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Aug
2014
12

Judge Rejects Wide-Reaching Tech Industry Wage Suppression Settlement ‘Cause It’s Not Big Enough

Megan Whitman and Scott Cook, as illustrated by Pando Daily

Megan Whitman and Scott Cook, as illustrated by Pando Daily


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The Silicon Valley wage theft anti-trust lawsuit known as “Techtopus” will not be allowed to end with a whimper (or that sound the fax machine used to make). The judge overseeing the trial has struck down a $324 million settlement on the grounds that…wait for it…it’s not enough.  

U.S. District Judge Lucy Koch states that, given the nature of the case and the likely millions of workers it effects, the case cannot end with a settlement lower than what should be expected if it were to go to trial.  From her order:

“This Court has lived with this case for nearly three years, and during that time, the Court has reviewed a significant number of documents in adjudicating not only the substantive motions, but also the voluminous sealing requests. Having done so, the Court cannot conclude that the instant settlement falls within the range of reasonableness. As this Court stated in its summary judgment order, there is ample evidence of an overarching conspiracy between the seven Defendants…”

The Techtopus wage theft conspiracy will now be completely revealed in the trial setting.  The members of the class action lawsuit claim that seven tech giants, including Apple and Google, reached an illegal agreement to suppress the wages of tens of thousands of tech employees.  Pando writer Mark Ames reports how deeply the tentacles of the “Techtopus” were entrenched in the industry:

Confidential internal Google and Apple memos, buried within piles of court dockets and reviewed by PandoDaily, clearly show that what began as a secret cartel agreement between Apple’s Steve Jobs and Google’s Eric Schmidt to illegally fix the labor market for hi-tech workers, expanded within a few years to include companies ranging from Dell, IBM, eBay and Microsoft, to Comcast, Clear Channel, Dreamworks, and London-based public relations behemoth WPP. All told, the combined workforces of the companies involved totals well over a million employees.

Judge Koch also cites the strength of the plaintiffs’ case and uses an earlier settlement with Intuit, LucasFilm, and Pixar to argue for a more appropriate sum (on the order of $380 million).  She also rejects the plaintiffs’ argument that winning a large antitrust wage theft case would be difficult in court:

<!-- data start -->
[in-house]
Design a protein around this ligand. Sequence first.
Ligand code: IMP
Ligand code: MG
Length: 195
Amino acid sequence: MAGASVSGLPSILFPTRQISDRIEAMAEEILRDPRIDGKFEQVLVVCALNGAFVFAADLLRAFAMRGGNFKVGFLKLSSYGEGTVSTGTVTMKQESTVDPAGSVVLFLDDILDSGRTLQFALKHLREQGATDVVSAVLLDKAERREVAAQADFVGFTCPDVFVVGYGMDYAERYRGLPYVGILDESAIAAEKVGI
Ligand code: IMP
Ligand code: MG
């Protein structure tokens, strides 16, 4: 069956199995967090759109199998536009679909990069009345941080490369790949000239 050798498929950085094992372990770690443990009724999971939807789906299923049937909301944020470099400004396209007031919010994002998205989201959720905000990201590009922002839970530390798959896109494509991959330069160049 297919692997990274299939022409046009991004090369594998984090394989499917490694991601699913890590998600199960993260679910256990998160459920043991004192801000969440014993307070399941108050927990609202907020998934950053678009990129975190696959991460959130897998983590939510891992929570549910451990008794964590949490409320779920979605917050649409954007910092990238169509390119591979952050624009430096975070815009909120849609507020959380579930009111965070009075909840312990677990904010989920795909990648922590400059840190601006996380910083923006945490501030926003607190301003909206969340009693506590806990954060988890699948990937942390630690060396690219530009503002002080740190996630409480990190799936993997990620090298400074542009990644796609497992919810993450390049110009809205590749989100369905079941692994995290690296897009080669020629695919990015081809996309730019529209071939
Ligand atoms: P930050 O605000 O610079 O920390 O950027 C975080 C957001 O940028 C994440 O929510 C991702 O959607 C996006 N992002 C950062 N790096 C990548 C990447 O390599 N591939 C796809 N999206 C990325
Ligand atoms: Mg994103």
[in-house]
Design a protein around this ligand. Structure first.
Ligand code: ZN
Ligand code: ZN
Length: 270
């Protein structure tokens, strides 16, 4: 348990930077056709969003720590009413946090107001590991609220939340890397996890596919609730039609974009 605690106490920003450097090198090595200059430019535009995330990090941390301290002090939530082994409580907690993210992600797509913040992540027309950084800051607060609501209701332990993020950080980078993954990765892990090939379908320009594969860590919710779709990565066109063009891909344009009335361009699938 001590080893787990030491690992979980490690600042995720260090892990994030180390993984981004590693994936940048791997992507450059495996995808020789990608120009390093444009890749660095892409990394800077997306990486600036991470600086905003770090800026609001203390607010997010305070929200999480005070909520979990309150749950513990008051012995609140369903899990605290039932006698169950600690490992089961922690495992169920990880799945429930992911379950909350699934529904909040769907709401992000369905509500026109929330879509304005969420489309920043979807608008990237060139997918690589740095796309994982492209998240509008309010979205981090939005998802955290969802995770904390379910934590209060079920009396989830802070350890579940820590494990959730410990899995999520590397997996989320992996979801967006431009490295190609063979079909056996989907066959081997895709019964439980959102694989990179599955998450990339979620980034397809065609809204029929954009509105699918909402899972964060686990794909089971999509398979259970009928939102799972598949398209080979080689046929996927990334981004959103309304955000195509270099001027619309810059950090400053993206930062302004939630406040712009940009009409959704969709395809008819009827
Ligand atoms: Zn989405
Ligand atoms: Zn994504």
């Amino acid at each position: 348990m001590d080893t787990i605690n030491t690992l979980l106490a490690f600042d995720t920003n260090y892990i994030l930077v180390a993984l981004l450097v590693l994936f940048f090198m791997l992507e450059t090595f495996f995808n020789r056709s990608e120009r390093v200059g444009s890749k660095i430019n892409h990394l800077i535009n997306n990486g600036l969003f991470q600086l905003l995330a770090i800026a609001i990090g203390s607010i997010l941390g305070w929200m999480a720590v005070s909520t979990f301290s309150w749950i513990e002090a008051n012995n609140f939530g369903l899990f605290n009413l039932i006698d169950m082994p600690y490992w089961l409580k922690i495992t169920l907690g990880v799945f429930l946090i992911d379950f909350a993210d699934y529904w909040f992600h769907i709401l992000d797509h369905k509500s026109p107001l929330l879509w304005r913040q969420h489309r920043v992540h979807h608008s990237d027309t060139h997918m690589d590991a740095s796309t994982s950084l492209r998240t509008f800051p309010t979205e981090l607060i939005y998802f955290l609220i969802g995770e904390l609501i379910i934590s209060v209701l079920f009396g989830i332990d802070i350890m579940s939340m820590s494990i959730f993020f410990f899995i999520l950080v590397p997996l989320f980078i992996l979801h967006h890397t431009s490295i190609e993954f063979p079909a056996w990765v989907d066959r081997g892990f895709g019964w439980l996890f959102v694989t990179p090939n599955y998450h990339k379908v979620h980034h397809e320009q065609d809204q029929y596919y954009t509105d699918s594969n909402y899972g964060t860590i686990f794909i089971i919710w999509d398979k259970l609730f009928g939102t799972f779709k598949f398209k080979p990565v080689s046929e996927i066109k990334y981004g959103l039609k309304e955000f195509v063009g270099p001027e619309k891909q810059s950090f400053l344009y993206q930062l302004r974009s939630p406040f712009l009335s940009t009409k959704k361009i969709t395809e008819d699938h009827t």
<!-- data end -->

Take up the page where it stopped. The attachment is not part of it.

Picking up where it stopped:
“The Court is concerned that Class members recover less on a proportional basis from the instant settlement with Remaining Defendants than from the settlement with the Settled Defendants a year ago, despite the fact that the case has progressed consistently in the Class’s favor since then.

Using the Settled Defendants’ settlements as a yardstick, the appropriate benchmark settlement for the Remaining Defendants would be at least $380 million, more than $50 million greater than what the instant settlement provides.”

Among the more interesting findings in the order is Judge Koch’s view of former Apple and Pixar CEO Steve Jobs, whom she refers to as “a, if not the, central figure in the alleged conspiracy.” Big names abound:

“Plaintiffs are correct that there are particularly clear statements from Lucasfilm and Pixar executives regarding the nature and goals of the alleged conspiracy. Specifically, Edward Catmull (Pixar President) conceded in his deposition that anti- solicitation agreements were in place because solicitation ‘messes up the pay structure.’ Similarly, George Lucas (former Lucasfilm Chairman of the Board and CEO) stated, ‘we cannot get into a bidding war with other companies because we don’t have the margins for that sort of thing.’

“However, there is equally compelling evidence that comes from the documents of the Remaining Defendants. This is particularly true for Google and Apple, the executives of which extensively discussed and enforced the anti-solicitation agreements. Specifically, as discussed in extensive detail in this Court’s previous orders, Steve Jobs (Co-Founder, Former Chairman, and Former CEO of Apple, Former CEO of Pixar), Eric Schmidt (Google Executive Chairman, Member of the Board of Directors, and former CEO), and Bill Campbell (Chairman of Intuit Board of Directors, Co-Lead Director of Apple, and advisor to Google) were key players in creating and enforcing the anti-solicitation agreements.”

Read the entire Pando piece HERE.

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